2. What a great story & a great idea. I found a catalog which sells "wish tickets" the other day - a roll of tickets (like the kind you buy at the fair in order to ride the rides) that just say Wish. I'm thinking of buying a roll & using them for something. They would be cool in a box like this. I'm also thinking off putting the roll out at a friend's upcoming wedding & having each guest write a wedding wish for the couple & then giving the wishes to them as a gift later. I'm feeling inspired! Muchas gracias!

  3. love these boxes! Beautiful and great idea behind them.

    I think of art as always asking questions, and seeking answers through the process of creating. I think that's what scientists do too! :)

  4. Oh, Gina, this is so inspirational! I LOVE hearing how your process works! It makes me realize how much I would like to loosen up and just enjoy the problem-solving like you do. And it also makes me think of a word i learned long ago and loved. Here is it's definition:

    Bricolage, pronounced /ˌbriːkoʊˈlɑːʒ/, /ˌbrɪkoʊˈlɑːʒ/[1] is a term used in several disciplines, among them the visual arts and literature, to refer to:
    the construction or creation of a work from a diverse range of things which happen to be available;
    a work created by such a process.
    It is borrowed from the French word bricolage, from the verb bricoler – equivalent to the English "do-it-yourself", the core meaning in French being, however, "fiddle, tinker" and, by extension, "make creative and resourceful use of whatever materials are to hand (regardless of their original purpose)".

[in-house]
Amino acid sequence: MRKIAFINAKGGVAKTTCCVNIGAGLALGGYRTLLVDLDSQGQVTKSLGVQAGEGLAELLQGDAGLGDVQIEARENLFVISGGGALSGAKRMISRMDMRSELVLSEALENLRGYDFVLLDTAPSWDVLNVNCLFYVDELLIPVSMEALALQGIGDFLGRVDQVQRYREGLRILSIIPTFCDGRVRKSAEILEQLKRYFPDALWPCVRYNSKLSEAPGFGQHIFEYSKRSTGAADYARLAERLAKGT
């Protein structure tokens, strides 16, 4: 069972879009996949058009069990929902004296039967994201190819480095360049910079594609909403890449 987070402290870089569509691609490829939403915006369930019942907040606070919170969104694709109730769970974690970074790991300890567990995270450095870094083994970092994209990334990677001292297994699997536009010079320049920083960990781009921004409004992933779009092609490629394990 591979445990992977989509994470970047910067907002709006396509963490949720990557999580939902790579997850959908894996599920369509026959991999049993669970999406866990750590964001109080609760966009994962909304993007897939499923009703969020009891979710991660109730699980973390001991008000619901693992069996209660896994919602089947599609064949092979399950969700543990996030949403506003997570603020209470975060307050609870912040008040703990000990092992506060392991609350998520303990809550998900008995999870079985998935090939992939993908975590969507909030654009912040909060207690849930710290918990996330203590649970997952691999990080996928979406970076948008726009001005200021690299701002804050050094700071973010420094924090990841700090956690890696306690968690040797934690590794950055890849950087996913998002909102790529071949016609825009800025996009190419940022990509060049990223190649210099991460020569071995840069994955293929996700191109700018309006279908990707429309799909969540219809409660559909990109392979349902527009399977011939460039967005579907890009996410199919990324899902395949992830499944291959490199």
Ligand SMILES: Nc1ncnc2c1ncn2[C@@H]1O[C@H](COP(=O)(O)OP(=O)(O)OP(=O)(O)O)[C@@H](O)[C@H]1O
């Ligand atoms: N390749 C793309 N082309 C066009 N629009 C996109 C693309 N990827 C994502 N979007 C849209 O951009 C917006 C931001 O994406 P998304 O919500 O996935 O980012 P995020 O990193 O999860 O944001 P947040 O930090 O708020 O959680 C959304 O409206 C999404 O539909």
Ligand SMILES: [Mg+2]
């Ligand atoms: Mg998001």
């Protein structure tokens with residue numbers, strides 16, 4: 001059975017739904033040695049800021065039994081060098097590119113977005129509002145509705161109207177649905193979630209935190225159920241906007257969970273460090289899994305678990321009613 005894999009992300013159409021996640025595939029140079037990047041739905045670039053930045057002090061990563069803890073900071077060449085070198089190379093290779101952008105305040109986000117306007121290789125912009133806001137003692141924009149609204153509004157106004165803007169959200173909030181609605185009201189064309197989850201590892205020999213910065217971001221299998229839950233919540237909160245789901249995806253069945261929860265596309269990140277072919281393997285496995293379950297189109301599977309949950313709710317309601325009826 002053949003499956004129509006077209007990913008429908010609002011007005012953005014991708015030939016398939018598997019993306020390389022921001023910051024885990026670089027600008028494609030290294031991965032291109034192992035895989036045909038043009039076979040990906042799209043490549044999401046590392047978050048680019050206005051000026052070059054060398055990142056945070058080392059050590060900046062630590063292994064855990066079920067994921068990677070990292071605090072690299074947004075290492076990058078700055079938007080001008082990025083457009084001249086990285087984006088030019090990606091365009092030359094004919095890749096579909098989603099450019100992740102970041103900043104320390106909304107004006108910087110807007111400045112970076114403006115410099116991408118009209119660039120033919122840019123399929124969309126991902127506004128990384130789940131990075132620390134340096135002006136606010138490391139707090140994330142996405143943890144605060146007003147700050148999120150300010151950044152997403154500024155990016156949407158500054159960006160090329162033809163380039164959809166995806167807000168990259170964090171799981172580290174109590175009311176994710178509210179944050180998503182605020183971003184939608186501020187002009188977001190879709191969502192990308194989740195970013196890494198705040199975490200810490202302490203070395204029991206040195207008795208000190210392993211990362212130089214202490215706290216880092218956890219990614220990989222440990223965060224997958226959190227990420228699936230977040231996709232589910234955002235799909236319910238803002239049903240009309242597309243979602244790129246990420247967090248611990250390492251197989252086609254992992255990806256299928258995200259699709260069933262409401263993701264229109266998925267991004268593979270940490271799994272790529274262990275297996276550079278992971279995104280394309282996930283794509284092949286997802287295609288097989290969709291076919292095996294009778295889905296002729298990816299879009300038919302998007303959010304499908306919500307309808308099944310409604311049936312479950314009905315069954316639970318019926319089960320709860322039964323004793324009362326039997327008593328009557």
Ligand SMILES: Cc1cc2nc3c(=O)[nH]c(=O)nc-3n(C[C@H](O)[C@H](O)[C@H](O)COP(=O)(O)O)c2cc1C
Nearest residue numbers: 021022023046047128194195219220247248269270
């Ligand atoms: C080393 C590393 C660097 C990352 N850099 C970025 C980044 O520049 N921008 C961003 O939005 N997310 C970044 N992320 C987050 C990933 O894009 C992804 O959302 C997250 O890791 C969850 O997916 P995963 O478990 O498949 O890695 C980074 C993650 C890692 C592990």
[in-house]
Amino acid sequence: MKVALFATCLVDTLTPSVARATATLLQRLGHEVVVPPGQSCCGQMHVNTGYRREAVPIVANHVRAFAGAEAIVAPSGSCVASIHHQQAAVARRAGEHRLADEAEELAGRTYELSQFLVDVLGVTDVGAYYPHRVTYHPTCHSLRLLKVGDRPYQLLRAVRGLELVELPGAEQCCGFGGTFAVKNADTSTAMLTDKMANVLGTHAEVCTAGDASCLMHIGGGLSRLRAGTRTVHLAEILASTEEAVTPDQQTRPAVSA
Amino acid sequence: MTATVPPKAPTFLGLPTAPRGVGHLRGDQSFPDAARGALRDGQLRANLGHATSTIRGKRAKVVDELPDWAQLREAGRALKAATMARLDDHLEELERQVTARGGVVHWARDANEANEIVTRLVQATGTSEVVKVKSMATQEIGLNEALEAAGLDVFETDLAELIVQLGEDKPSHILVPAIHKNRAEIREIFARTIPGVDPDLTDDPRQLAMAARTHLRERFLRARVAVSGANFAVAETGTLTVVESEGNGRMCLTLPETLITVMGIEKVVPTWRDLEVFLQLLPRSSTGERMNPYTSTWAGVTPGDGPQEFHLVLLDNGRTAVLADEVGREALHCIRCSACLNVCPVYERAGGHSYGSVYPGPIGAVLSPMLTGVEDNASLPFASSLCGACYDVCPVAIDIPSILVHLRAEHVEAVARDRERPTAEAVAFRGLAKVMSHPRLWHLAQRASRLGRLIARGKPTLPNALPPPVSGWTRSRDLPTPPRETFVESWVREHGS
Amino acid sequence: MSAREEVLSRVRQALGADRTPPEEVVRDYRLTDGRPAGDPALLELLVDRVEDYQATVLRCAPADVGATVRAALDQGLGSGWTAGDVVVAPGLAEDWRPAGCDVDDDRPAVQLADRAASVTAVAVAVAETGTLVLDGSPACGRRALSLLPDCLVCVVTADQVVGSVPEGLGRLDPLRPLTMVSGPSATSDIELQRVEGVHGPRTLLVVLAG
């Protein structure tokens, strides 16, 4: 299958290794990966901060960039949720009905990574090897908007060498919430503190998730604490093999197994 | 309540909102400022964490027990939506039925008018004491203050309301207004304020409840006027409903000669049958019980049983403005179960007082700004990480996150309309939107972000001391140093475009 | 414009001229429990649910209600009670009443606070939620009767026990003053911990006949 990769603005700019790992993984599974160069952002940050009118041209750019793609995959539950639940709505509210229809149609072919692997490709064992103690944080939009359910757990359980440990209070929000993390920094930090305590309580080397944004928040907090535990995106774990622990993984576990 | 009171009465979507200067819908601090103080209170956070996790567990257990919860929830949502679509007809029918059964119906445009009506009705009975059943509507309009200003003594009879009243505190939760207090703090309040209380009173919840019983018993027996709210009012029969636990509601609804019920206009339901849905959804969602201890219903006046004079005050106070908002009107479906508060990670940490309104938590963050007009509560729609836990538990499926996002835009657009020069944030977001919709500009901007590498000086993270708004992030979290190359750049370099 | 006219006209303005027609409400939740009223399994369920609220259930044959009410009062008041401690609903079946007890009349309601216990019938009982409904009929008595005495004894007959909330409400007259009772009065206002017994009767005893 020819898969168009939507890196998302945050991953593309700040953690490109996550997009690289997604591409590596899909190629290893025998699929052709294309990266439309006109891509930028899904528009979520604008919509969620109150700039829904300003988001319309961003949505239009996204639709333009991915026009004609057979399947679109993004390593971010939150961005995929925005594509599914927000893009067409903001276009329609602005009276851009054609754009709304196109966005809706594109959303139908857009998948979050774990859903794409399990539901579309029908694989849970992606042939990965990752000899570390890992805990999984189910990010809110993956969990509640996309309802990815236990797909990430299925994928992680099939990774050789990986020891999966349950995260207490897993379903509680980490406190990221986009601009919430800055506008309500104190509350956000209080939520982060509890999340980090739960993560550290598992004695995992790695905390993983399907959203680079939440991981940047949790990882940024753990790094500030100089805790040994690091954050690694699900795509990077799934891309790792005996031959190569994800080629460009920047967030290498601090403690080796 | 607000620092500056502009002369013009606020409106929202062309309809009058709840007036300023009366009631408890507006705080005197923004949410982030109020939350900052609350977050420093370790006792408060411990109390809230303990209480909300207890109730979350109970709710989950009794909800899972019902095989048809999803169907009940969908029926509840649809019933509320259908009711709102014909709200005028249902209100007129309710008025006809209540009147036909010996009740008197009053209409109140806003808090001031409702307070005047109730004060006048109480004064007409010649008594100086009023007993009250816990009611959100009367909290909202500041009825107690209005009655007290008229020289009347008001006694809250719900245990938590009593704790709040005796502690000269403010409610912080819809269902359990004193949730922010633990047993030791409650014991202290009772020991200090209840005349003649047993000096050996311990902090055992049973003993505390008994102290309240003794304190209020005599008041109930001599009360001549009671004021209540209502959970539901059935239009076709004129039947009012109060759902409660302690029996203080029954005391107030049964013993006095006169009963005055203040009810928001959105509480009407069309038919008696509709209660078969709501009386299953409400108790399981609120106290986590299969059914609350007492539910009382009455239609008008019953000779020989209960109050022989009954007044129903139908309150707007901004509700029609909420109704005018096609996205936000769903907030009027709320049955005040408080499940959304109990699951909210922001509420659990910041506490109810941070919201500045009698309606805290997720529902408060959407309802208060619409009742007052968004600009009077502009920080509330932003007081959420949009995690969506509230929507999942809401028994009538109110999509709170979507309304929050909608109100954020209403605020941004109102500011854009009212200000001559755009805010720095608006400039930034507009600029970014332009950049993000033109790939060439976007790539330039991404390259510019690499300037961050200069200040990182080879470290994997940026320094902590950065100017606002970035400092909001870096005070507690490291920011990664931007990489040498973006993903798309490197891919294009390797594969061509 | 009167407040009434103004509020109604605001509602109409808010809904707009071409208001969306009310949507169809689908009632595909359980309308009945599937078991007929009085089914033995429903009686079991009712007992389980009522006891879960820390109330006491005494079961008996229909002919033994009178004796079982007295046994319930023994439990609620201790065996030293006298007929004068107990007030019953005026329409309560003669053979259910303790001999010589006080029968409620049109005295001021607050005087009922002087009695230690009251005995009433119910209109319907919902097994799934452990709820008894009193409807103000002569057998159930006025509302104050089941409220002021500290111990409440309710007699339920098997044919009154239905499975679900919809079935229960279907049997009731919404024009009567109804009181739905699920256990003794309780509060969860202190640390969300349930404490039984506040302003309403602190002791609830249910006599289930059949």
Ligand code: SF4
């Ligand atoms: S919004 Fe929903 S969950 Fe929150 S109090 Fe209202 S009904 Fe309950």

Bricolage as a design approach – in the sense of building by trial and error – is often contrasted to engineering: theory-based construction.
    A person who engages in bricolage is a bricoleur: someone who invents his or her own strategies for using existing materials in a creative, resourceful, and original way.

  5. I love your blog, particularly because you are an artist and I always crave a visual fix. You obviously grew up around the time I did, given your musical references. One of my favorite expressons has always been "Necessity is the mother of invention," because so much of my best inspiration come from needing something, being unable to find (or afford)it, and consequently making it! I too started a blog about 2 months ago to journal my artistic attemps and to communicate with other people with the same creative impulses. I hope you'll come visit me at

    I'll keep checking your space for inspiration!

  6. Thanks for visiting, OldCelt! Your love and encouragement have allowed me to flourish in my art.

    Hello, Smith Kaich Jones. So glad you found my blog. Yes, I can just see those tickets nestled inside a box like this, perhaps smaller and with a little slit in the top to have them come out.

    Welcome, Bridgette! Isn’t it fascinating that science and art aren’t that far apart, as one would suspect? I love your blog and happy to have you visit mine. May I put a link to yours on my site?

    Bricolage is a wonderful word, Mary. It sounds like a baguette you take into the studio to nibble on before, during, and in-between painting! Collage seems to be a part of that word and the process, too. I like the fact that I’m now a bricoleur.

    Greetings, Alberta and Ava. You two are very prolific with three blogs to maintain. I look forward to exploring them all and enjoying your words and pictures. Thanks for visiting me!

    I am so touched that my very young blog has attracted so much attention. This, indeed, is a special community in cyberspace. Thank you all!